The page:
Best Philosophy Books

41–50 of 50 results

  • Mathematical Universe: My Quest for the Ultimate Nature of Reality

    Our Mathematical Universe: My Quest for the Ultimate Nature of Reality


    Is the Universe Entirely Mathematical?
    Max Tegmark leads us on an astonishing journey through past, present and future, and through the physics, astronomy and mathematics that are the foundation of his work, most particularly his hypothesis that our physical reality is a mathematical structure and his theory of the ultimate multiverse. In a dazzling combination of both popular and groundbreaking science, he not only helps us grasp his often mind-boggling theories, but he also shares with us some of the often surprising triumphs an… more about book…

  • Guide to the Good Life: The Ancient Art of Stoic Joy

    A Guide to the Good Life: The Ancient Art of Stoic Joy


    Epictetus in a nutshell
    One of the great fears many of us face is that despite all our effort and striving, we will discover at the end that we have wasted our life. In A Guide to the Good Life, William B. Irvine plumbs the wisdom of Stoic philosophy, one of the most popular and successful schools of thought in ancient Rome, and shows how its insight and advice are still remarkably applicable to modern lives.In A Guide to the Good Life, Irvine offers a refreshing presentation of Stoicism, showing how this ancient ph… more about book…

  • Methods of Ethics: A Debate

    Three Methods of Ethics: A Debate


    Are all humanitarian cases for war necessarily utilitarian?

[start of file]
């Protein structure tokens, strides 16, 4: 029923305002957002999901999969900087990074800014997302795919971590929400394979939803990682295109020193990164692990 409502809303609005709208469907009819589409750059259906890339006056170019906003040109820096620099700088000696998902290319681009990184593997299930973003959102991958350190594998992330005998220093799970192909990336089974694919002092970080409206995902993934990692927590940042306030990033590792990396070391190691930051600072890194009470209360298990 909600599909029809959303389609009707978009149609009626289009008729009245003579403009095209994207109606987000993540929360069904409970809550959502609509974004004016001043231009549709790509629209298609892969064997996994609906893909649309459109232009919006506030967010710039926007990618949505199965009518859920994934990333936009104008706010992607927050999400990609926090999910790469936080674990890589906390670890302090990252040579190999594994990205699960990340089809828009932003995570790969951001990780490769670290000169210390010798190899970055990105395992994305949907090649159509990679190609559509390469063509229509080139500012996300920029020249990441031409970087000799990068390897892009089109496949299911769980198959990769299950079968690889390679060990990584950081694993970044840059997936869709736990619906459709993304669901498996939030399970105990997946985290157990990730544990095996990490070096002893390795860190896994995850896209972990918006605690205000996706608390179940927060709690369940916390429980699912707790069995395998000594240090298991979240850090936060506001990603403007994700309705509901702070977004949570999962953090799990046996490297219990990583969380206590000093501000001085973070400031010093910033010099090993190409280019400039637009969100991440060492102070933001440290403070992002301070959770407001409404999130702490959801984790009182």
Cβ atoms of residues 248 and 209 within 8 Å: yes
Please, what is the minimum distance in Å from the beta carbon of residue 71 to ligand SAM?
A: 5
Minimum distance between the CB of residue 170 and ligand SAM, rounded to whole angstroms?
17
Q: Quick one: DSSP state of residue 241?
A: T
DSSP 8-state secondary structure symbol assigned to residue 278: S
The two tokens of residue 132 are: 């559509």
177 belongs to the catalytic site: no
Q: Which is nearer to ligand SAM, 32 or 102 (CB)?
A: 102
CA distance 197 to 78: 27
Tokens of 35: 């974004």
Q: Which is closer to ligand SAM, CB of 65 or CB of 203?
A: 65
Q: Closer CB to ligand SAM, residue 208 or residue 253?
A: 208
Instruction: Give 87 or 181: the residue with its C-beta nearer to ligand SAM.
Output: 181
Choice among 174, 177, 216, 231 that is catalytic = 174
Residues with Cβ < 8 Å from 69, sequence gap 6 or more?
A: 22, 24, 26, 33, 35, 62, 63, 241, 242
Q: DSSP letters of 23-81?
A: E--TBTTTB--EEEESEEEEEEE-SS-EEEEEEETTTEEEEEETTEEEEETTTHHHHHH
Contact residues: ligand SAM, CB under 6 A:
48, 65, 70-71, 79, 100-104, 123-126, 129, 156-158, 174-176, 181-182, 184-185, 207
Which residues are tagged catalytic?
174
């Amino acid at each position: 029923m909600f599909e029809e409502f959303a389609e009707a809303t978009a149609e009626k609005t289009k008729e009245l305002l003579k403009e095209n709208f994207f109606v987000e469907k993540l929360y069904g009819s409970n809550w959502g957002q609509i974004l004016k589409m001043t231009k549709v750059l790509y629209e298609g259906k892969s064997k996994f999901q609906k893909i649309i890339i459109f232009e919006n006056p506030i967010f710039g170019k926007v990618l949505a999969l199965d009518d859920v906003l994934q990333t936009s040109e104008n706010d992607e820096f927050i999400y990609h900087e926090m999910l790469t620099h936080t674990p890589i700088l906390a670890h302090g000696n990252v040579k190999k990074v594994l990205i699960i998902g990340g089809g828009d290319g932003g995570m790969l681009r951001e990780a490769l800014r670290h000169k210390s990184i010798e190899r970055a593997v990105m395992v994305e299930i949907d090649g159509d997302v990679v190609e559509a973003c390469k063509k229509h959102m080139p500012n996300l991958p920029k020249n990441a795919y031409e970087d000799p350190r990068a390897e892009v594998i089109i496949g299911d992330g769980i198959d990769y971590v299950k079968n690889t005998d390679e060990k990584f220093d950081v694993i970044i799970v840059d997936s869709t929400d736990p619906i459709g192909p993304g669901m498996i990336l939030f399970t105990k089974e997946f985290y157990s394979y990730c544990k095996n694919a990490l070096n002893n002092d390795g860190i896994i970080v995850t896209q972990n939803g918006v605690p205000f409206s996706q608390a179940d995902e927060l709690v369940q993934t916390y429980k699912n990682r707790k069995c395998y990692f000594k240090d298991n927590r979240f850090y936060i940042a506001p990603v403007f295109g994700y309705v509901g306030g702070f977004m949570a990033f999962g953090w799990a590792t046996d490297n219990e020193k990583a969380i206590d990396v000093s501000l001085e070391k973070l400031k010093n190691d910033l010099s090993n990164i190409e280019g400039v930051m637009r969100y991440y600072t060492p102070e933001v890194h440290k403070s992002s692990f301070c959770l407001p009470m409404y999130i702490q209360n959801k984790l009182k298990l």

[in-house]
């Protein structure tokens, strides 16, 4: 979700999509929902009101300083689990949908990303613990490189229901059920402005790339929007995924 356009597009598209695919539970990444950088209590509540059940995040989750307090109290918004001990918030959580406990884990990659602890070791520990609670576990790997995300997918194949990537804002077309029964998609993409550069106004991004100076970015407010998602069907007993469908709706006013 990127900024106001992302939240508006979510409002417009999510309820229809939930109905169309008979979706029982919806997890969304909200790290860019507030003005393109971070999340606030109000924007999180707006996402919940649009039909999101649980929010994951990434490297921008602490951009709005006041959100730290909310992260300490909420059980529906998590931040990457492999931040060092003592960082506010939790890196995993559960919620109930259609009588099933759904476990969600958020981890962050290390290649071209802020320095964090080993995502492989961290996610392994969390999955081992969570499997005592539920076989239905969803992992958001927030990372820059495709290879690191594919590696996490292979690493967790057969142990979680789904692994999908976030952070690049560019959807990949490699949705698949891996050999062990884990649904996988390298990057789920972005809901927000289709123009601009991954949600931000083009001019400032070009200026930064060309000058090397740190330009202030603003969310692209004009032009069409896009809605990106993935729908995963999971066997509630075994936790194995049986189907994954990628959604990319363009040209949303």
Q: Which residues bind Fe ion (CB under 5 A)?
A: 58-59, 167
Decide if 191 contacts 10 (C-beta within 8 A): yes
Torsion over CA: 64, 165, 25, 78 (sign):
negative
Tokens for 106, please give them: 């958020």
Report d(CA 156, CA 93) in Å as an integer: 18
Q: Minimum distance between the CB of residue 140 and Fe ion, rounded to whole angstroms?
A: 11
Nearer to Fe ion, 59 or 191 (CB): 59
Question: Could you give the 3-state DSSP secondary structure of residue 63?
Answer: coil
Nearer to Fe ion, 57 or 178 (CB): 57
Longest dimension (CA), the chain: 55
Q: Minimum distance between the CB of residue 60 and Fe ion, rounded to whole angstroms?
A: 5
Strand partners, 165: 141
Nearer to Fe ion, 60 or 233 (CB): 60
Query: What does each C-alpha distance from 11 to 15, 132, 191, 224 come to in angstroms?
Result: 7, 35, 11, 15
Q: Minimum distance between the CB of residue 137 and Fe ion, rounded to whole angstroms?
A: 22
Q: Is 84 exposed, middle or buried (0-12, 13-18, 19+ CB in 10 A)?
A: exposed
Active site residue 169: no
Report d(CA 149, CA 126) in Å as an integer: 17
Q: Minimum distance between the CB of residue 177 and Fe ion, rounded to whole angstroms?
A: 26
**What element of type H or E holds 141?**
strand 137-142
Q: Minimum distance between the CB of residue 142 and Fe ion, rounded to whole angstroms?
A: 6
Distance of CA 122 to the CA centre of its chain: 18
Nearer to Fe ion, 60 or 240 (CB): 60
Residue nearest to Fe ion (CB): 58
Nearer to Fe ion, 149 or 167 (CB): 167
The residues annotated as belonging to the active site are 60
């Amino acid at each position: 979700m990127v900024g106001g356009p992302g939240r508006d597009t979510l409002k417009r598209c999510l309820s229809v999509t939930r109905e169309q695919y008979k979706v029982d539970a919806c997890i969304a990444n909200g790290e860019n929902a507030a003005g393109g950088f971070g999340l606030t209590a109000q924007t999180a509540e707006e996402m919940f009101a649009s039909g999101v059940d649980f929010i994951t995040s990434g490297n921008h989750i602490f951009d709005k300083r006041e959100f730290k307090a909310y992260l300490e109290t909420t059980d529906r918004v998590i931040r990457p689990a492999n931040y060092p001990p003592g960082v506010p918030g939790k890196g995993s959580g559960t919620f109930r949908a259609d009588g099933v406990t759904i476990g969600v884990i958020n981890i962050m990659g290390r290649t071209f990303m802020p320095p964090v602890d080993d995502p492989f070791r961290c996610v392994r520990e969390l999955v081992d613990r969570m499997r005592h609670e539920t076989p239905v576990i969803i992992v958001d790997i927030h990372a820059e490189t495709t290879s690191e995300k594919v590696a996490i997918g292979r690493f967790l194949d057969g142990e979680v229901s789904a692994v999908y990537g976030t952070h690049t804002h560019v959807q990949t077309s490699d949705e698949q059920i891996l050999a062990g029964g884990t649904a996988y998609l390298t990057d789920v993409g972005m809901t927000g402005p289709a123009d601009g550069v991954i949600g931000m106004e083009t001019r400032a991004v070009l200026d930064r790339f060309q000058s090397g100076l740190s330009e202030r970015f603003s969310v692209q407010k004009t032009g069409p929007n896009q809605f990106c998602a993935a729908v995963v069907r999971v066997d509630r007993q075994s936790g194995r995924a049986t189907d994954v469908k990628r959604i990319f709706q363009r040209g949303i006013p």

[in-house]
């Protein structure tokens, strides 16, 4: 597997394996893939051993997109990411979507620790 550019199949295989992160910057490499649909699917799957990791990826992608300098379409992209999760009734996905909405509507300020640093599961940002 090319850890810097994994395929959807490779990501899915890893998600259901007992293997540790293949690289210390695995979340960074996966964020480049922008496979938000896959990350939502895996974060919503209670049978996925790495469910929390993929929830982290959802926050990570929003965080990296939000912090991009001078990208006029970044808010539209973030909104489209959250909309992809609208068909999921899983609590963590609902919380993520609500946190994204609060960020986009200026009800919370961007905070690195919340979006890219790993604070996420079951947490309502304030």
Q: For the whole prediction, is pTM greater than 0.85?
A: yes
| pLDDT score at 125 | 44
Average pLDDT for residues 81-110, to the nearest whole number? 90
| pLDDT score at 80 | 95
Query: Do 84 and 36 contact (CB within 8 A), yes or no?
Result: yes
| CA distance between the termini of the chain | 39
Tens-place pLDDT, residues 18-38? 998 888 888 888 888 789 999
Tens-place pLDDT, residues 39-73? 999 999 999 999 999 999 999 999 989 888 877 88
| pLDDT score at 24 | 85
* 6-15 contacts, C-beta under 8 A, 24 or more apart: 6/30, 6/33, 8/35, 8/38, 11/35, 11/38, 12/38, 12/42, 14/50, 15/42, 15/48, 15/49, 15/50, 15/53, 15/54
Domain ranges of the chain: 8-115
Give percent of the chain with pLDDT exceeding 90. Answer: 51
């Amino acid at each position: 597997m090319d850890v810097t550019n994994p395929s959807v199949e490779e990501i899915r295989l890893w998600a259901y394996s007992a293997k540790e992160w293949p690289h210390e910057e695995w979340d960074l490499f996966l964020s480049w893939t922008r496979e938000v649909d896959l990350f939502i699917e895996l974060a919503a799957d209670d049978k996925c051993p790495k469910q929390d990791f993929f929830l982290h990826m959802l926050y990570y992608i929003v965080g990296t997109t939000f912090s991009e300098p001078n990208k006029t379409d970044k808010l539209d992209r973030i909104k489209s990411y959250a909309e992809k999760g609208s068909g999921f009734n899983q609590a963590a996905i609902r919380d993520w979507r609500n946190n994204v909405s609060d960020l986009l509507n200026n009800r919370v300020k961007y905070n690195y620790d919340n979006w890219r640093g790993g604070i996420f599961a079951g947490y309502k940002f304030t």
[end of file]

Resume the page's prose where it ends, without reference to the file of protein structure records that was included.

During the past decade ethical theory has been in a lively state of development, and three basic approaches to ethics – Kantian ethics, consequentialism, and virtue ethics – have assumed positions of particular prominence. more about book…

  • Writings of Existentialism (Modern Library Classics)

    Basic Writings of Existentialism (Modern Library Classics)


    What philosophy is this?
    Edited and with an Introduction by Gordon MarinoBasic Writings of Existentialism, unique to the Modern Library, presents the writings of key nineteenth- and twentieth-century thinkers broadly united by their belief that because life has no inherent meaning humans can discover, we must determine meaning for ourselves. This anthology brings together into one volume the most influential and commonly taught works of existentialism. Contributors include Simone de Beauvoir, Albert Camus, Fyodor Dos… more about book…

  • Marx Was Right

    Why Marx Was Right


    Why can’t we live a world without the struggle for money?
    In this combative, controversial book, Terry Eagleton takes issue with the prejudice that Marxism is dead and done with. Taking ten of the most common objections to Marxism—that it leads to political tyranny, that it reduces everything to the economic, that it is a form of historical determinism, and so on—he demonstrates in each case what a woeful travesty of Marx’s own thought these assumptions are. In a world in which capitalism has been shaken to its roots by some major crises, Why Marx W… more about book…

  • Philosophers Know: Case Studies in Recent Analytic Philosophy

    What Philosophers Know: Case Studies in Recent Analytic Philosophy


    Analytic philosophy: the shit, or just shit?